Don't get me wrong. I'm not against collaborating with people on spec projects for which they show a deep passion and commitment to seeing made into scripts. I've done it on a few occasions and the end results show some serious promise.
However, I am vehemently against is working with individuals who have “million-dollar ideas”, who promise to “split everything fifty-fifty” and who lack an understanding as to how professional writers work.
Let that phrase sink in: professional writer. While I create scripts because I love the process and I enjoy helping those who need it, I also want to make a living at doing what I love.
Here are some of the reasons why people with "million-dollar ideas" need to invest a few dollars in hiring a professional screenwriting consultant.
#5: Ideas are Worthless
Execution and timing are much more critical to a script's success than the “original” concept. As I wrote in the inaugural entry in this blog, there's no such thing as a “million-dollar” idea. If that were true, then both Olympus Has Fallen and White House Down would have done huge box office. They both had the same idea (Die Hard in the White House) but took two different approaches. Olympus was a hard-R action picture with a budget of $70 million and a domestic gross of just over $98 million. WHD was a PG-13 action buddy-comedy with a budget of $150 million and a domestic gross of just over $73 million. (Stats from BoxOfficeMojo) Was it the idea that made Olympus a profit and WHD a dud, or was it the script, direction, acting or a million other factors?
#4: Everybody Can Write, Right?
We all learned how to write in school. We wrote term papers, book reports, history essays and other forms of educational make-work. We've all read books, seen movies and watched TV shows. So writing a script is simple, right? Just add the dialogue, actions and sluglines and you're good to go! People with these ideas either have no clue about how scripts are made or no respect for the process of making them. For those willing to learn, help is available.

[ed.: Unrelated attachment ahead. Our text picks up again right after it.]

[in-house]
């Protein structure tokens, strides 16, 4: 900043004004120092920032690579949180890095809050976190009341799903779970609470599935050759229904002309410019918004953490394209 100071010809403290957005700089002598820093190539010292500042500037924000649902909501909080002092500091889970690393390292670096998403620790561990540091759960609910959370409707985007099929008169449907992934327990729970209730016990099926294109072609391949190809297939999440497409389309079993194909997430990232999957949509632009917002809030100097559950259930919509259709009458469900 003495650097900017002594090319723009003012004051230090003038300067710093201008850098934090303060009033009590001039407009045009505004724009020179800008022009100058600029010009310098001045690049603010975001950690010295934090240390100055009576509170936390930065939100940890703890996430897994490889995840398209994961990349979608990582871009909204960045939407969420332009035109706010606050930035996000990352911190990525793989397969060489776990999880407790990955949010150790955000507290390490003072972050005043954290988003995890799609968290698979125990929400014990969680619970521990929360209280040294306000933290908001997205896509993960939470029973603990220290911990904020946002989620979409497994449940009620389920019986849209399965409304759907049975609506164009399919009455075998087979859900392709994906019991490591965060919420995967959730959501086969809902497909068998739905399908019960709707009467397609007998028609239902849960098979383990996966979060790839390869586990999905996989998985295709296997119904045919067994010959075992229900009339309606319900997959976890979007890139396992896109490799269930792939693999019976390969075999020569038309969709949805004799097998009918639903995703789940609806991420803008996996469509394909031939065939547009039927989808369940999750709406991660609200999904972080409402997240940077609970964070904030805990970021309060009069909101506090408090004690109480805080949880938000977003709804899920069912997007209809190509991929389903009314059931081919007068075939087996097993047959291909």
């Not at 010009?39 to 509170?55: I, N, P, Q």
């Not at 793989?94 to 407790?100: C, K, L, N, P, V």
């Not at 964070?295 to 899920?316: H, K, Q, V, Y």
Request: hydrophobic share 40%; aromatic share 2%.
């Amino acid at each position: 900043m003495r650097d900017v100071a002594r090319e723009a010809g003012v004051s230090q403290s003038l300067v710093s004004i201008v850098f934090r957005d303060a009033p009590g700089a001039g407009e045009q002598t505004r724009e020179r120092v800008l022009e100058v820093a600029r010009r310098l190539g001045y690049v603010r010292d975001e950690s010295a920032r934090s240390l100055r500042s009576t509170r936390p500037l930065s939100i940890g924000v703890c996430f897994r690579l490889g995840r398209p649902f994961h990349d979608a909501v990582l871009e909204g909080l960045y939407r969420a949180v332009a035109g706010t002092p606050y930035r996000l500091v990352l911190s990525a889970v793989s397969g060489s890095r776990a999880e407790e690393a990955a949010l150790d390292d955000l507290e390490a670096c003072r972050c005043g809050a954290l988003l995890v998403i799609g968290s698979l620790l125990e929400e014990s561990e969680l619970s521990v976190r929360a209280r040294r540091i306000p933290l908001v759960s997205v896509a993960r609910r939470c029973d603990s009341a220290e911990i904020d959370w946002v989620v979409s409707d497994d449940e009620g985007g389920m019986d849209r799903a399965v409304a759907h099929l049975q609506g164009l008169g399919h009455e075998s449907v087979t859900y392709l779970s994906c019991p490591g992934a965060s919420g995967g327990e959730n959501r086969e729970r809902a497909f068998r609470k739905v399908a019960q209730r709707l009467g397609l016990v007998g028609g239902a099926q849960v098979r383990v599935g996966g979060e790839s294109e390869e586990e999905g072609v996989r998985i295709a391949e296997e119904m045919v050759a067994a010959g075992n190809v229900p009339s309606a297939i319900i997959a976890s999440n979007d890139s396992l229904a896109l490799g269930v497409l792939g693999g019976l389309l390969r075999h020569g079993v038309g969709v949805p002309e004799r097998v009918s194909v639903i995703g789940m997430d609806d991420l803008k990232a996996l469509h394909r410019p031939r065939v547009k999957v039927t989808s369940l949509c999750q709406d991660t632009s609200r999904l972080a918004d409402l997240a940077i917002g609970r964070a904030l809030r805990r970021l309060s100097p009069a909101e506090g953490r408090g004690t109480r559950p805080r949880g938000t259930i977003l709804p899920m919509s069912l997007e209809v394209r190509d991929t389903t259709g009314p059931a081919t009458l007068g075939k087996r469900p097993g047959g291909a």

#3: Whose Script Is It, Anyway?
My playwright friends have a saying, “If it ain't on the page, it ain't on the stage.” The same holds true for screenwriting. In very rare instances, a person can sell a concept or treatment to a producer without a script. The producer will then hire a writer to develop a script around that concept. The writer gets his orders (and his paycheck) from the producer, not the concept's creator, so the results will often be vastly different from what the creator had in mind. If the creator wants any control over the script, he/she needs to hire a writer early in the process.
#2: Great Expectations
When audiences see substandard scripts getting made into million-dollar films, the idea immediately occurs to them, “I could do better than that!” They start looking at dollar signs rather than the creative process of screenwriting. Even box-office bombs like John Carter and Jack and Jill required that the writers understand basic screenplay structure, storytelling methods and character development before they could even get made. For any concept to work on screen, it takes the efforts of professional writers to mold it into the best possible form.
#1: Half of Nothing is Still Nothing
When “idea people” approach a writer to collaborate on a project, they need to realize that a writer's job is to create the best possible script from that idea. With thousands of spec scripts written every year, very few get optioned and even fewer get made into studio feature films. If the writer develops a strong script, that writer needs to be paid for his efforts, regardless of if the film eventually gets made.
To all of those out there reading this, I'm sorry to be the “prick” that bursts your bubble. If you really want to create a script that has a chance to win over producers, agents and managers, and if you really believe in your concept, then you need to invest the time, effort and money to work with a professional screenwriting consultant. Even if you don't choose me (and why wouldn't you?), there are lots of other people with the knowledge, experience and patience to bring your project to life.
Just remember, great screenwriting consultants are a lot like that classic Willie Nelson song: “If you've got the money, honey, I've got the time.”
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